Second-Tier Exchanges Are A Vital Part of Crypto Ecosystem

Source: Adobe / Azaliya (Elya Vatel)

Everyone has heard of it Coinbase, Binance, Cracking and other major exchanges, but few of us can name one or more of the so-called “second-class” exchanges. These are smaller exchanges that don’t make headlines or trade huge volumes, and given that they are largely self-distinguishable, it’s hard to imagine most of them surviving in the future.

However, traders and experts working within the industry believe that there is room for smaller, second-rate exchanges and that the best of them offer things that larger exchanges don’t. So while many smaller exchanges may drop in the coming years, there will be a harder core of other second-tier exchanges that survive and help make the exchange sector more competitive.

What are they?

Currently CoinMarketCap list 341 cryptocurrency exchanges, although more than 500 are listed in other folders.

That’s a lot, and even with the more successful second-rate exchanges, there is a suspicion that they don’t really do anything to set themselves apart from bigger rivals. As Multicoin CapitalMable Jiang wrote in a recent tweet:

Yes, it may be hard to see why a smaller exchange that does nothing else or better would survive with larger rivals. Nevertheless, most analysts and traders confirm that the better second-line exchanges do offer services that you cannot easily find elsewhere.

“Some second class exchanges have found opportunities in OTC (over the counter) and other services that provide some differentiation,” said Simon Dingle, founder of Inves Capital and author of In Math We Trust.

Dingle in particular tells Cryptonews.com that second tier exchanges often offer trading opportunities in a larger pool of coins and / or in coins not listed by other exchanges.

“Offering boutique and niche services, such as arbitrage in markets where such opportunities exist, has been very lucrative for some of the smaller exchanges that know what they are doing, such as Ovex. ‘

In addition, Dingle notes that many of the best second tier scholarships are local scholarships, offering services only in certain countries that are more tailored to local needs and requirements.

Likewise, Mico Jiang of Multicoin tells Cryptonews.com Even though, for second-rate exchanges, it is difficult to compete with major platforms in terms of mature products such as spot trading, there is “plenty of room for new product innovation”.

“For example, we observed the traction that FTX gained when it first launched lever tokens and some ETFs,” she explains.

Likewise, a second-line exchange in China called Pionex.com offered bot trading products to its users to hedge their risk against market volatility; they too achieved significant organic growth despite zero marketing efforts. ”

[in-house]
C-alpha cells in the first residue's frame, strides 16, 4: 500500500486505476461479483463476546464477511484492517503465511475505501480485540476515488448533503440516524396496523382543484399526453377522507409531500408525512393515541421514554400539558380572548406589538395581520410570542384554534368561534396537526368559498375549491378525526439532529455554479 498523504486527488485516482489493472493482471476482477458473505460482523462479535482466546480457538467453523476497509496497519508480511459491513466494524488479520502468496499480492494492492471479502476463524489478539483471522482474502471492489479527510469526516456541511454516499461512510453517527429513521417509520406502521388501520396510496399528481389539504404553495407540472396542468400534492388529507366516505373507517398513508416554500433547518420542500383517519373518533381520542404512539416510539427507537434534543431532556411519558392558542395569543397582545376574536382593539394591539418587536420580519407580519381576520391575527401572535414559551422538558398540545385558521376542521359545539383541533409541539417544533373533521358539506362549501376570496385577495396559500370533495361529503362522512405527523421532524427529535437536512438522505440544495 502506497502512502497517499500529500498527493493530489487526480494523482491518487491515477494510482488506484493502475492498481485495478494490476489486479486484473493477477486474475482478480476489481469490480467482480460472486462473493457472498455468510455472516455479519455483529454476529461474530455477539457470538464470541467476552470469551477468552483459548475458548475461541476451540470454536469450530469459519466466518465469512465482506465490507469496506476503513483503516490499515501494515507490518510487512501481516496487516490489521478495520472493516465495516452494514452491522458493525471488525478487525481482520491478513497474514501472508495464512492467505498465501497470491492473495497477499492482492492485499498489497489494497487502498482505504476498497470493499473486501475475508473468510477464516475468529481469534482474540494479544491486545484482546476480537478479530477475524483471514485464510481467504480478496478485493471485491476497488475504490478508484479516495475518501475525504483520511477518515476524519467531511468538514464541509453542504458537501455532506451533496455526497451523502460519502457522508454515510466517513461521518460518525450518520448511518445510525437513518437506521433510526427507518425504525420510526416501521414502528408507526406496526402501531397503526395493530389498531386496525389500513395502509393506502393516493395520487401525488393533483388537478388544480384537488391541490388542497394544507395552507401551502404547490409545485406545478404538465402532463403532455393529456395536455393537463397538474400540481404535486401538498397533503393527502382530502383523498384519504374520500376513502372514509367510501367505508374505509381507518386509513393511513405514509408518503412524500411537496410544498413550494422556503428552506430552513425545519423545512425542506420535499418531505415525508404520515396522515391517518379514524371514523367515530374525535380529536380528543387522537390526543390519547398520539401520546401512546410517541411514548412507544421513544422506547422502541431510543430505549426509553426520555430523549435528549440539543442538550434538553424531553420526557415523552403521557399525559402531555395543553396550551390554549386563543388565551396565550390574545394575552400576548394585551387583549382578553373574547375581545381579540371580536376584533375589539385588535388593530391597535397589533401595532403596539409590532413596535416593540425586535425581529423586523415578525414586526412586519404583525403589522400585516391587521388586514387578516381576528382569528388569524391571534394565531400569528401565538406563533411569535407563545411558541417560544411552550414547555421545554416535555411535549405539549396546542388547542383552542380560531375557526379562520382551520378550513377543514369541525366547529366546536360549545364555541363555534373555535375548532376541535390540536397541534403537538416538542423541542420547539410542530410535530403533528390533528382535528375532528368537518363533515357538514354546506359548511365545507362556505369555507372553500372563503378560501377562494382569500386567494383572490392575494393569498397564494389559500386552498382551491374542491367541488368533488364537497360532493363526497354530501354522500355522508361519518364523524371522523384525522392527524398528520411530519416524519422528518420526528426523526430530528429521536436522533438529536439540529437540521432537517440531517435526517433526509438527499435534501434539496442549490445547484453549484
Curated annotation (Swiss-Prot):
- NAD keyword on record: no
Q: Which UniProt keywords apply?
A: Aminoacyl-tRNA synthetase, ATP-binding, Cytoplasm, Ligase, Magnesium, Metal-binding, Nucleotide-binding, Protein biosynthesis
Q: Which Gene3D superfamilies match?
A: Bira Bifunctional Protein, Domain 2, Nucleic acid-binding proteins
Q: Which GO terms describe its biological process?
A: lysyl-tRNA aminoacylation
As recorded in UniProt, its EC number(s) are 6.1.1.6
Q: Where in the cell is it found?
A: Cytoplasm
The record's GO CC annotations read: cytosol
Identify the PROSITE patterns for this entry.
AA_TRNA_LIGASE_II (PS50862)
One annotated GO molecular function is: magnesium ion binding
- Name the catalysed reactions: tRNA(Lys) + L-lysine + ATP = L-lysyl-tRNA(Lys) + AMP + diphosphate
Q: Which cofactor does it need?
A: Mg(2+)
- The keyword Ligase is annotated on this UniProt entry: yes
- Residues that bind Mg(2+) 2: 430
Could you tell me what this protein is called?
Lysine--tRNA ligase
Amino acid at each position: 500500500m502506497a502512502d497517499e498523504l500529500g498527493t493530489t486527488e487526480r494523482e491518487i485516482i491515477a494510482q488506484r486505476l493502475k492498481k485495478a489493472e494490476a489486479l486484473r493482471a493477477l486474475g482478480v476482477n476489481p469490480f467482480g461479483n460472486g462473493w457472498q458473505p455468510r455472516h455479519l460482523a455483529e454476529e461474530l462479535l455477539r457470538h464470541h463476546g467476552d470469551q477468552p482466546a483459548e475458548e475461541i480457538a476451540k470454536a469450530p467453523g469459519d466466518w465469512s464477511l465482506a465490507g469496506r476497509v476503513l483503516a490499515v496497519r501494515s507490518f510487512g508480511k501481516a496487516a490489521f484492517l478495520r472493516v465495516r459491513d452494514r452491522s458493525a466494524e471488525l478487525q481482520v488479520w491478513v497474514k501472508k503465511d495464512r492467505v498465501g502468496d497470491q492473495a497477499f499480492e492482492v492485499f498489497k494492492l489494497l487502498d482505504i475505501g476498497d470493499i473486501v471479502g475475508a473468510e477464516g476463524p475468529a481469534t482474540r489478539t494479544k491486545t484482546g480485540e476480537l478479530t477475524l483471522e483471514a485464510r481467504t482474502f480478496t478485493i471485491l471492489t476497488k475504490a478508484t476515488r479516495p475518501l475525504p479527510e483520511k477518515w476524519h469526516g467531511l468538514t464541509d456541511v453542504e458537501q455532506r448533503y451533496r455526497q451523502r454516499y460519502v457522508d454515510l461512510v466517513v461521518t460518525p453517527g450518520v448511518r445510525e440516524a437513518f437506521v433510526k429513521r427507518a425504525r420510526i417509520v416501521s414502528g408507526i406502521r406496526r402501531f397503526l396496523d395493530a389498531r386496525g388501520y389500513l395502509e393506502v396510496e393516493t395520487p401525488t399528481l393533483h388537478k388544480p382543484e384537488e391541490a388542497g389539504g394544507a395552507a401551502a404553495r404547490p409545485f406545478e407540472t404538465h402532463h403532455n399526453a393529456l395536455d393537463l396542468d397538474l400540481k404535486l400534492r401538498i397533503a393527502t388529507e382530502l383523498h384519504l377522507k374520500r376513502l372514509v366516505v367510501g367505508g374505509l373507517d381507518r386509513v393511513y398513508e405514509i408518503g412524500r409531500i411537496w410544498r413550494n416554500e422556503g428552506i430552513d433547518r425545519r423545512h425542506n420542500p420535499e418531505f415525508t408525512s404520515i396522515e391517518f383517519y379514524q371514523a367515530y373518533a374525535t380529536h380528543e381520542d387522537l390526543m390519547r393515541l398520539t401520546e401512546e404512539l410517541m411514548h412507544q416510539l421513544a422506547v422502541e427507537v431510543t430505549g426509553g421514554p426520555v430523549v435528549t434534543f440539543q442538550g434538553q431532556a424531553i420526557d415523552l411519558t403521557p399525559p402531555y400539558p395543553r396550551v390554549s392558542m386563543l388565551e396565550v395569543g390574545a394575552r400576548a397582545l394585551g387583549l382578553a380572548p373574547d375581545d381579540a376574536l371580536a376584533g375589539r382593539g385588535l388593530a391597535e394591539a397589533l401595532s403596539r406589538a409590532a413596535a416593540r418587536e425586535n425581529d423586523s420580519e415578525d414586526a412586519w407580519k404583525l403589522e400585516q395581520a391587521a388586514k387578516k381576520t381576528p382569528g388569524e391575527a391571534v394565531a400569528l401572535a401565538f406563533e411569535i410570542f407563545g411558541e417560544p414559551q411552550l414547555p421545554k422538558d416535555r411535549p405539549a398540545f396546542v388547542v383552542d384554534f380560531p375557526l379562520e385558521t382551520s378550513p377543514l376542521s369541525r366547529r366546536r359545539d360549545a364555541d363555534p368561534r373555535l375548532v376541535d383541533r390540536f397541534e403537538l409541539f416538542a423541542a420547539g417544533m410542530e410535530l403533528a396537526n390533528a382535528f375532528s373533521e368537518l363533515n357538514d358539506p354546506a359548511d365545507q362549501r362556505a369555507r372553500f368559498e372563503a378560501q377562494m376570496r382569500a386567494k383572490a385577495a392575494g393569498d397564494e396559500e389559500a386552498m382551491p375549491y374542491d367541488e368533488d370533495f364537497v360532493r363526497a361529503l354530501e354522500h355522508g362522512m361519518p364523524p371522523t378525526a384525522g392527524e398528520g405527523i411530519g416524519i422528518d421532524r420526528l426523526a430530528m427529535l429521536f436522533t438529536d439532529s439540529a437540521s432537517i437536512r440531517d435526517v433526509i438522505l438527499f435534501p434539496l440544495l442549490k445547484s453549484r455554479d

Jiang also confirms that the opportunities for second-rate exchanges can be found in derivatives, options and products with advanced trading strategies.

Ethics, transparency, simplicity

Simply put, some analysts and commentators believe that second-rate exchanges differ from the big boys simply by providing a more transparent and ethical service.

“Honestly, the most important thing is not to be so scammer,” said Jimmy Song, a venture partner with Blockchain Capital and a Bitcoin developer / educator. “Most top-level exchanges do very dark things like a fee for listing, which I think has done quite a lot of damage to the industry.”

In addition, some make things easier by focusing on just one or two cryptocurrencies, or by introducing a simpler fee structure.

“I’ve seen some exchange startups do different things that set them apart, such as the fact that they are only Bitcoin (Swan, Cash app) or with a different fee structure (LevelSongs Cryptonews.com.

On the other hand, some experts also think the opposite. That is, some second-rate exchanges attract customization because their small size and under-regulated nature means coins can rise in price dramatically.

“The only advantage they have compared to the big brothers is that they are too small to be on the radar so they can be ‘wilder’,” said Anndy Lian, a Singapore-based cryptocurrency and blockchain advisor and author.

“You rarely see a coin going 100x on major exchanges, but it still happens on second-rate and small exchanges.”

Of course, wild price swings and a lack of liquidity (or transparency) may not be a good long-term strategy for survival. Jimmy Song even suspects that regulation may be the reversal of many second-rate exchanges in the future.

“The biggest problem at the moment is that incumbents, especially in the US, are using their regulatory powers to their advantage. They are not ahead of technical innovation, they are ahead of regulatory compliance. This is a sad situation, because the best innovations don’t win. ”

The future: consolidation?

Given that Binance and Coinbase are expanding internationally, analysts believe that some degree of consolidation in the exchange sector is inevitable.

“If there are a handful and they don’t differentiate in terms of product offering, there is likely to be some consolidation among them,” said Mable Jiang.

Also, she says, it is less flexible for large trade shows to try out new products given the size of their customers, but second shows can be more agile in testing different innovative products.

Jiang believes that the best second-class scholarships will find a place for themselves for some time to come. This is mainly for two reasons:

  1. providing local on / off-ramp services,
  2. a list of small-cap cryptocurrencies that the larger exchanges may have missed.

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Learn more:
Will “No KYC” exchanges survive in a regulated crypto industry?
Crypto-Exchange Trends for 2020 and the Next Decade

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